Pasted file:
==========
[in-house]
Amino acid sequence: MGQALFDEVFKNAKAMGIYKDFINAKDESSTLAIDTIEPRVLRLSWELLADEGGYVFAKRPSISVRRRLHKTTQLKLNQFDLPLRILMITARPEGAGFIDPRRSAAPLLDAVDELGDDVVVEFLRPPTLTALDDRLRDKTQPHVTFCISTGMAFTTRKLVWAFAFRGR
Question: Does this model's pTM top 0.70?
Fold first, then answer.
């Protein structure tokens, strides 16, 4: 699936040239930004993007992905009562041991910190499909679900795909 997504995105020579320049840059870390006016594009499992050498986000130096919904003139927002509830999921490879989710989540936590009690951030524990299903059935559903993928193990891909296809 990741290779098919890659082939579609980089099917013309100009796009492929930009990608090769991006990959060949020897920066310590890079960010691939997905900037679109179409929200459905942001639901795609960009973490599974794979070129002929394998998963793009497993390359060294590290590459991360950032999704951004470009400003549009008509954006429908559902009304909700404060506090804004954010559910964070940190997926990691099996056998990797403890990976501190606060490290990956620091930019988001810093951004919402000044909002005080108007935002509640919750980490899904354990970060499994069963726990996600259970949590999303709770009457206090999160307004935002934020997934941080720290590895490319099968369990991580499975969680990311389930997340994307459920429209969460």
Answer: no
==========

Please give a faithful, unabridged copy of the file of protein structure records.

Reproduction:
[in-house]
Amino acid sequence: MGQALFDEVFKNAKAMGIYKDFINAKDESSTLAIDTIEPRVLRLSWELLADEGGYVFAKRPSISVRRRLHKTTQLKLNQFDLPLRILMITARPEGAGFIDPRRSAAPLLDAVDELGDDVVVEFLRPPTLTALDDRLRDKTQPHVTFCISTGMAFTTRKLVWAFAFRGR
Question: Does this model's pTM top 0.70?
Fold first, then answer.
């Protein structure tokens, strides 16, 4: 699936040239930004993007992905009562041991910190499909679900795909 997504995105020579320049840059870390006016594009499992050498986000130096919904003139927002509830999921490879989710989540936590009690951030524990299903059935559903993928193990891909296809 990741290779098919890659082939579609980089099917013309100009796009492929930009990608090769991006990959060949020897920066310590890079960010691939997905900037679109179409929200459905942001639901795609960009973490599974794979070129002929394998998963793009497993390359060294590290590459991360950032999704951004470009400003549009008509954006429908559902009304909700404060506090804004954010559910964070940190997926990691099996056998990797403890990976501190606060490290990956620091930019988001810093951004919402000044909002005080108007935002509640919750980490899904354990970060499994069963726990996600259970949590999303709770009457206090999160307004935002934020997934941080720290590895490319099968369990991580499975969680990311389930997340994307459920429209969460």
Answer: no